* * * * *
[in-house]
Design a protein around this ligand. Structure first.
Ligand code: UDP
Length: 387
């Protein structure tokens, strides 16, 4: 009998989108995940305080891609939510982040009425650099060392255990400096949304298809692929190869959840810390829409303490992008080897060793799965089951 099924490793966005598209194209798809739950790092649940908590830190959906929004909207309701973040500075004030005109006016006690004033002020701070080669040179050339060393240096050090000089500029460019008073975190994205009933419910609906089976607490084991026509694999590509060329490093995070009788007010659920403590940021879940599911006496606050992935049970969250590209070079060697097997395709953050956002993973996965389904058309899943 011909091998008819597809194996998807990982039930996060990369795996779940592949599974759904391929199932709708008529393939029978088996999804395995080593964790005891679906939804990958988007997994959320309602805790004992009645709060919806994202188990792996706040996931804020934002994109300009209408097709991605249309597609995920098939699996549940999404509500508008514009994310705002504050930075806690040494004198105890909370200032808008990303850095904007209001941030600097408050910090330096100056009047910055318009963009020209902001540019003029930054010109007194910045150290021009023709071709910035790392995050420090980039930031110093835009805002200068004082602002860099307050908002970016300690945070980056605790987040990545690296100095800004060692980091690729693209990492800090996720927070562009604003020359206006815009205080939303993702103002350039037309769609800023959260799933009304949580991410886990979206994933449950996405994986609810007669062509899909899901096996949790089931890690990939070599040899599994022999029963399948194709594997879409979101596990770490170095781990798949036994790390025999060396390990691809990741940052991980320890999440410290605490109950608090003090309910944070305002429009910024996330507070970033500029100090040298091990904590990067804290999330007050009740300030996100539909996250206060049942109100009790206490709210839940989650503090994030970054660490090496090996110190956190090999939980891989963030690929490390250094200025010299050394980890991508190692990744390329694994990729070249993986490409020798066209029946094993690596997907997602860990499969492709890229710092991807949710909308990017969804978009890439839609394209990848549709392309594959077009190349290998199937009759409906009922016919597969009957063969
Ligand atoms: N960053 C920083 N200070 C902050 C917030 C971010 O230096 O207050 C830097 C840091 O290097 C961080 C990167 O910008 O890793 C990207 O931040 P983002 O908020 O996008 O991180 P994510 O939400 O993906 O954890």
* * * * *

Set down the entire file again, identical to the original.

[in-house]
Design a protein around this ligand. Structure first.
Ligand code: UDP
Length: 387
């Protein structure tokens, strides 16, 4: 009998989108995940305080891609939510982040009425650099060392255990400096949304298809692929190869959840810390829409303490992008080897060793799965089951 099924490793966005598209194209798809739950790092649940908590830190959906929004909207309701973040500075004030005109006016006690004033002020701070080669040179050339060393240096050090000089500029460019008073975190994205009933419910609906089976607490084991026509694999590509060329490093995070009788007010659920403590940021879940599911006496606050992935049970969250590209070079060697097997395709953050956002993973996965389904058309899943 011909091998008819597809194996998807990982039930996060990369795996779940592949599974759904391929199932709708008529393939029978088996999804395995080593964790005891679906939804990958988007997994959320309602805790004992009645709060919806994202188990792996706040996931804020934002994109300009209408097709991605249309597609995920098939699996549940999404509500508008514009994310705002504050930075806690040494004198105890909370200032808008990303850095904007209001941030600097408050910090330096100056009047910055318009963009020209902001540019003029930054010109007194910045150290021009023709071709910035790392995050420090980039930031110093835009805002200068004082602002860099307050908002970016300690945070980056605790987040990545690296100095800004060692980091690729693209990492800090996720927070562009604003020359206006815009205080939303993702103002350039037309769609800023959260799933009304949580991410886990979206994933449950996405994986609810007669062509899909899901096996949790089931890690990939070599040899599994022999029963399948194709594997879409979101596990770490170095781990798949036994790390025999060396390990691809990741940052991980320890999440410290605490109950608090003090309910944070305002429009910024996330507070970033500029100090040298091990904590990067804290999330007050009740300030996100539909996250206060049942109100009790206490709210839940989650503090994030970054660490090496090996110190956190090999939980891989963030690929490390250094200025010299050394980890991508190692990744390329694994990729070249993986490409020798066209029946094993690596997907997602860990499969492709890229710092991807949710909308990017969804978009890439839609394209990848549709392309594959077009190349290998199937009759409906009922016919597969009957063969
Ligand atoms: N960053 C920083 N200070 C902050 C917030 C971010 O230096 O207050 C830097 C840091 O290097 C961080 C990167 O910008 O890793 C990207 O931040 P983002 O908020 O996008 O991180 P994510 O939400 O993906 O954890």